Are We Teaching Our Daughters the Right Lessons About Weight and Self-Esteem?

Family time is precious. Serve healthy foods in healthy portion sizes, but don't make an issue out of who's eating what and how much.
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When you look in the mirror, what do you see? For many of us who grew up overweight, it's not the accomplished woman you've become, but the fat girl you used to be. Sadly, we pass on our childhood struggles with weight and body image to our own daughters keeping them -- and us -- trapped and unable to engage confidently in school, at work and with loved ones.

Here are seven ways to break that cycle. For good.

1. There's no better role model for your daughter than you. Are you constantly denigrating your body (or others')? Obsessing about dieting or exercise? Think about what you say and what your daughter may be picking up from all that negative body talk.

2. Take a positive approach. Look to build her self-esteem by showing her how to identify Photoshopped or otherwise altered images that distort real women's bodies. (Hint: a flawlessly smooth contouring line at the waist, hip or thigh is a dead giveaway that there's been some digital plastic surgery going on.)

Encourage her to develop her own sense of style that brings out her natural beauty and enhances her confidence. Help her find clothes that fit and flatter -- whatever her body type and weight. Find a physical activity you both enjoy and can do together.

And please, oh please, bite your tongue before you nag, punish or lash out in fat-shaming, no matter how frustrated you may get. It can leave emotional scars that take a lifetime to heal.

3. Make meals a celebration, not a battle. Family time is precious. Serve healthy foods in healthy portion sizes, but don't make an issue out of who's eating what and how much.

Sure, don't bring junk food into the house. (Seriously, there is not willpower enough to resist it.) But, more importantly, talk about something other than food or weight. Treat the dinner hour as a time for bonding, not emotional battering.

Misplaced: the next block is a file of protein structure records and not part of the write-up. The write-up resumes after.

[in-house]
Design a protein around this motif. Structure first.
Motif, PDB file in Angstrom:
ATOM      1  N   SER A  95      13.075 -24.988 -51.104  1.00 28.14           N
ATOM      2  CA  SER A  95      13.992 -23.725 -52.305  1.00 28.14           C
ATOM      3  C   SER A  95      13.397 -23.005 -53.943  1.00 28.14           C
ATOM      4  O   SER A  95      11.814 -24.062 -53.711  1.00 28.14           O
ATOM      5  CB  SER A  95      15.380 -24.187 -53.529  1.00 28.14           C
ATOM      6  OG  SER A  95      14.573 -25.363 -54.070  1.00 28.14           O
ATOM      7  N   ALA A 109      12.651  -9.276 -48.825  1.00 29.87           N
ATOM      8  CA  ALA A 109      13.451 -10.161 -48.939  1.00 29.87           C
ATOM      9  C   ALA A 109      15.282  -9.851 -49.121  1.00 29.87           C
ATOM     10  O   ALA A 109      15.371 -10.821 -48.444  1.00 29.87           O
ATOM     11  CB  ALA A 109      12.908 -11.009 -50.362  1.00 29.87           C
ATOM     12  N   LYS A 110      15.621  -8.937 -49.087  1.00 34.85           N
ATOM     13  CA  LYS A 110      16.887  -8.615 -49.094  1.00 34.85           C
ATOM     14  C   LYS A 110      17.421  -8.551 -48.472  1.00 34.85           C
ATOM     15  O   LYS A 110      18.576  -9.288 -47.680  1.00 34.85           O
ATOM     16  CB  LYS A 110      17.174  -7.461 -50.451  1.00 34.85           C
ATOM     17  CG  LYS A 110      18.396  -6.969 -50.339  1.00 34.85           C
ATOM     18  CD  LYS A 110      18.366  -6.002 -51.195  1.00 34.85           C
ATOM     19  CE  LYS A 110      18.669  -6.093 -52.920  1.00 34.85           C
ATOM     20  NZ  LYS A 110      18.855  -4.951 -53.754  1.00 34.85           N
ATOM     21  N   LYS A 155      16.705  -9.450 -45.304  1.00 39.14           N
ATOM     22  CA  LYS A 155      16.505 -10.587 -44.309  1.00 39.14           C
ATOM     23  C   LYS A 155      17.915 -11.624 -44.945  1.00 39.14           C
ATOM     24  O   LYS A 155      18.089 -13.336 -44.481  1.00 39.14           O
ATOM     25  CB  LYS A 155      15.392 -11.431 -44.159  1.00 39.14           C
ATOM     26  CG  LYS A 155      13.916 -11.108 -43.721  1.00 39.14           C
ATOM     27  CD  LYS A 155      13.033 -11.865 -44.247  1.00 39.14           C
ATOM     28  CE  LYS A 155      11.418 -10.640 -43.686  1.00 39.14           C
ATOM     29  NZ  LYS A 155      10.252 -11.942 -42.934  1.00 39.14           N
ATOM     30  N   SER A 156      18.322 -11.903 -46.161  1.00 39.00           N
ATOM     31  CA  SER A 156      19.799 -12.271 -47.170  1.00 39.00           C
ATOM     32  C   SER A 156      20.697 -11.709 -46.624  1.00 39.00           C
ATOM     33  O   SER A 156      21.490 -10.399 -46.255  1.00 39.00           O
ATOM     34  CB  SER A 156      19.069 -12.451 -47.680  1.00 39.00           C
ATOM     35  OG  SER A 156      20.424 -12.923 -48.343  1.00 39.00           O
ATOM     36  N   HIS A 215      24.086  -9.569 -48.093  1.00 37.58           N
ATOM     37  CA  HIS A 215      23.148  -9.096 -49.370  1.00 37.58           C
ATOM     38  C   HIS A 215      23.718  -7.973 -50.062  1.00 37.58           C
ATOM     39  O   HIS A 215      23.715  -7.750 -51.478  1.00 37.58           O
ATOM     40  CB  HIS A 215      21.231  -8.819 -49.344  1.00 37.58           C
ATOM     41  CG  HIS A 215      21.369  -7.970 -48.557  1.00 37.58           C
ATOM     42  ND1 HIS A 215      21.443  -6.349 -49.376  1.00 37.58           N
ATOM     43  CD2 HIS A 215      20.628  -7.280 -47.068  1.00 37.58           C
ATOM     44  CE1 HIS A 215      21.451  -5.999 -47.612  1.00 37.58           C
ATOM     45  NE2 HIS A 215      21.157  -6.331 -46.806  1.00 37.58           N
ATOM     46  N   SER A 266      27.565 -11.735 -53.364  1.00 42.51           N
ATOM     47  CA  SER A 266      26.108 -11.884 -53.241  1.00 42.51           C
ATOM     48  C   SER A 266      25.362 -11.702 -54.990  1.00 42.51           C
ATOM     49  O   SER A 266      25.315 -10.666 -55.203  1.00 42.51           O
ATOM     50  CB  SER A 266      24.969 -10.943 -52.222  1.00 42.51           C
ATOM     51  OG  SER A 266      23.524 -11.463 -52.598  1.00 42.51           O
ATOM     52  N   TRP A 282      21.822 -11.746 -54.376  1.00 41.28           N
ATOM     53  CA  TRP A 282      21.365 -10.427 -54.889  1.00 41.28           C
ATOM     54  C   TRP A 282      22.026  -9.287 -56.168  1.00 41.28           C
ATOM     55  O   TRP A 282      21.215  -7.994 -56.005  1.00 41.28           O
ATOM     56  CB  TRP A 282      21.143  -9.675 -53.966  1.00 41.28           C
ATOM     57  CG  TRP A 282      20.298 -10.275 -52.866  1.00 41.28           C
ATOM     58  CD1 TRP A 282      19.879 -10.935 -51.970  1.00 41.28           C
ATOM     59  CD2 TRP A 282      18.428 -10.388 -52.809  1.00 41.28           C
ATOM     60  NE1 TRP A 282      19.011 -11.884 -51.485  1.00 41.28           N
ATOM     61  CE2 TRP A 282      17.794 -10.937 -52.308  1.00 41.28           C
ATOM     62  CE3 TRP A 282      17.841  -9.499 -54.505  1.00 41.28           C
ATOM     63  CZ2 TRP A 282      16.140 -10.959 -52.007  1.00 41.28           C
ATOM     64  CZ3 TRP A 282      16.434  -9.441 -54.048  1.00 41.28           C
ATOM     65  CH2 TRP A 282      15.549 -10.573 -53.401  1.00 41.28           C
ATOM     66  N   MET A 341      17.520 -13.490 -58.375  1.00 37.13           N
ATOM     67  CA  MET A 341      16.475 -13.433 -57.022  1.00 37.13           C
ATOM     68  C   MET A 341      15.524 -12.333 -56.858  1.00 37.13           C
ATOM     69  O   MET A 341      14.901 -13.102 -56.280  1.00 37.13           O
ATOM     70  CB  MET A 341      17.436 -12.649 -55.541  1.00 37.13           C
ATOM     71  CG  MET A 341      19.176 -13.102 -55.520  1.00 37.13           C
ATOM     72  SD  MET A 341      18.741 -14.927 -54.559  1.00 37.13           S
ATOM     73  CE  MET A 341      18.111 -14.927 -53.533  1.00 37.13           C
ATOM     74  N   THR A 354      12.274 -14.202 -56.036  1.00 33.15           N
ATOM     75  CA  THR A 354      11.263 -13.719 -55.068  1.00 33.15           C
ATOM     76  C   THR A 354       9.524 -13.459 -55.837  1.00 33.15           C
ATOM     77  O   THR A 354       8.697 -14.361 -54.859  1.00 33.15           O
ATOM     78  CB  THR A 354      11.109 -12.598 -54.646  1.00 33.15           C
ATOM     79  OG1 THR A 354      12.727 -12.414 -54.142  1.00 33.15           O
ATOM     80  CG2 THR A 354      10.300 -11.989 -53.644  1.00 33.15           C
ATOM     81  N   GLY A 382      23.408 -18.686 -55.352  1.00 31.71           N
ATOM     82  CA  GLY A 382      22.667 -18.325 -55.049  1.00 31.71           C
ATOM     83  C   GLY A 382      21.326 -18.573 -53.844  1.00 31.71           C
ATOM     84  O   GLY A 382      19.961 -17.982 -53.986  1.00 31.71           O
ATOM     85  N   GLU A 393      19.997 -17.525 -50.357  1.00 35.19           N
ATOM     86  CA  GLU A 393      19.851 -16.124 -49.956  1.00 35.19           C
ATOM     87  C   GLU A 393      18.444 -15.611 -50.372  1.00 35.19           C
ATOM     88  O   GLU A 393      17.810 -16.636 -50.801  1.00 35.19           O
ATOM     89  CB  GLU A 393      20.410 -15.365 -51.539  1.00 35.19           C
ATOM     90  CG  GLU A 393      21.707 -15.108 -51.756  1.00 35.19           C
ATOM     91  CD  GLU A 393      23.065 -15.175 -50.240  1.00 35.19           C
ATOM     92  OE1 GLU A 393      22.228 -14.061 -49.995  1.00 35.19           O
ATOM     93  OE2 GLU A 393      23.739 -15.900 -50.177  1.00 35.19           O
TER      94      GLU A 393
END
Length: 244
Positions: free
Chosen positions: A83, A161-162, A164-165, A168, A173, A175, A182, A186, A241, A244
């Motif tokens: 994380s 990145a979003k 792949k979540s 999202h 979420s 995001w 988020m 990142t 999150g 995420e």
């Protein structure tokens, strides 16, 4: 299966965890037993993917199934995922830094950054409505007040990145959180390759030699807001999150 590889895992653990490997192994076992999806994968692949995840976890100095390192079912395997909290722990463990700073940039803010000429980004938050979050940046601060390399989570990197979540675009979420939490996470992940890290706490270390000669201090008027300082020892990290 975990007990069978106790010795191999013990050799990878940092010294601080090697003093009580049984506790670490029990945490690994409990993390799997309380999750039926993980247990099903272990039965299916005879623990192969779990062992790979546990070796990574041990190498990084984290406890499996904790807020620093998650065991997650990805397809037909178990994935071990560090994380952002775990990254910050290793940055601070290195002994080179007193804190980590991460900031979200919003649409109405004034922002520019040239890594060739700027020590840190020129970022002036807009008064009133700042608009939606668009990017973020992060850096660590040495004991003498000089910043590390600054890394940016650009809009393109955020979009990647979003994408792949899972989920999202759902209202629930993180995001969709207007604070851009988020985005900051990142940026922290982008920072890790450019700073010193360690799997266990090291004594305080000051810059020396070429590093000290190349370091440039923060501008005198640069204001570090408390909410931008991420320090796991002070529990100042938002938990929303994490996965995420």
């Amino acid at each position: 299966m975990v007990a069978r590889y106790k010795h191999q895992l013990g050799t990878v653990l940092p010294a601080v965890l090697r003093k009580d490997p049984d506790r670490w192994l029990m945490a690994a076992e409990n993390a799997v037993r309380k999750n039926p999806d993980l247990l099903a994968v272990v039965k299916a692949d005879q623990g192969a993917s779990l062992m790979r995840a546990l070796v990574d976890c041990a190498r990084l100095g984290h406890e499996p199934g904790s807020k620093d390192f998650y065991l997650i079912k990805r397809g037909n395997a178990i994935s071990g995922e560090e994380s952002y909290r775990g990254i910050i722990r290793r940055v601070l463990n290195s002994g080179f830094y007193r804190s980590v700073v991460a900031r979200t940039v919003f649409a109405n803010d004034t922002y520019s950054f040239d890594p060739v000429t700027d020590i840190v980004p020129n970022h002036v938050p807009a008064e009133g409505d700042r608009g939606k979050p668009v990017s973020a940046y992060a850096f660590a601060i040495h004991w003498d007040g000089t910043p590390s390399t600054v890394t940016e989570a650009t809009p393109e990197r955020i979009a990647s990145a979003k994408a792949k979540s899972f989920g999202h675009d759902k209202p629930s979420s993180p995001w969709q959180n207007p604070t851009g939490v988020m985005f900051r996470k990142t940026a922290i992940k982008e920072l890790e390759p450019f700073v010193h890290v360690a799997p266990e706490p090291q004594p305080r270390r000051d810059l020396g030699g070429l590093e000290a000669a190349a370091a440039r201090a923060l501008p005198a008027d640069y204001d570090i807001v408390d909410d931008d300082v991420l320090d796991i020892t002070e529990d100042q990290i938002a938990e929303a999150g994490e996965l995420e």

4. Create a safe haven. Our culture says, "Be thin." Our commercial interests say, "Eat this. Drink that." There are mean girls and interfering institutions that do more harm than good with public weigh-ins and institutional shaming.

Advocate for your daughter by educating her about what is true and real by giving her the emotional wherewithal to deal with bullies outside the home or standards that impose one-size-fits-all metrics on young girls and women. Let her know she can always count on you for protection and support.

5. Listen for the subtext. When your daughter comes to you and asks, "Am I fat?" don't answer right away. Think about the context. Maybe it's her way to start a conversation about something else that's bothering her about her body or her life and her weight is an easy conversational hook.

Whatever her motivation, listen and find a way to reassure and prove to her that she can talk to you. That your love is not conditional upon numbers on a scale. Start building that trust today so she can talk to you throughout her life.

6. Love means always being able to say you're sorry. We always want to do right by our kids and when it comes to weight, we don't want to say the wrong thing. But when you do, don't be afraid to say "I'm sorry." Apologize sincerely and work to find a more loving and helpful way to address the problem (e.g. Health, not weight. Confidence, not calories.)

7. Outsource the cure. If you and your daughter seem to be stuck in the same unhealthy patterns, don't hesitate to ask for professional help. Sometimes the very same thing you've said over and over again resonates better and is much more palatable when it comes from someone else (i.e., not her mom).

An objective source with the right experience and manner can provide a new perspective and a safe space where you and your daughter can find new, healthier ways to live with and love one another.

Adapted from "Fat Girl: How to let go of your weight and get on with your life"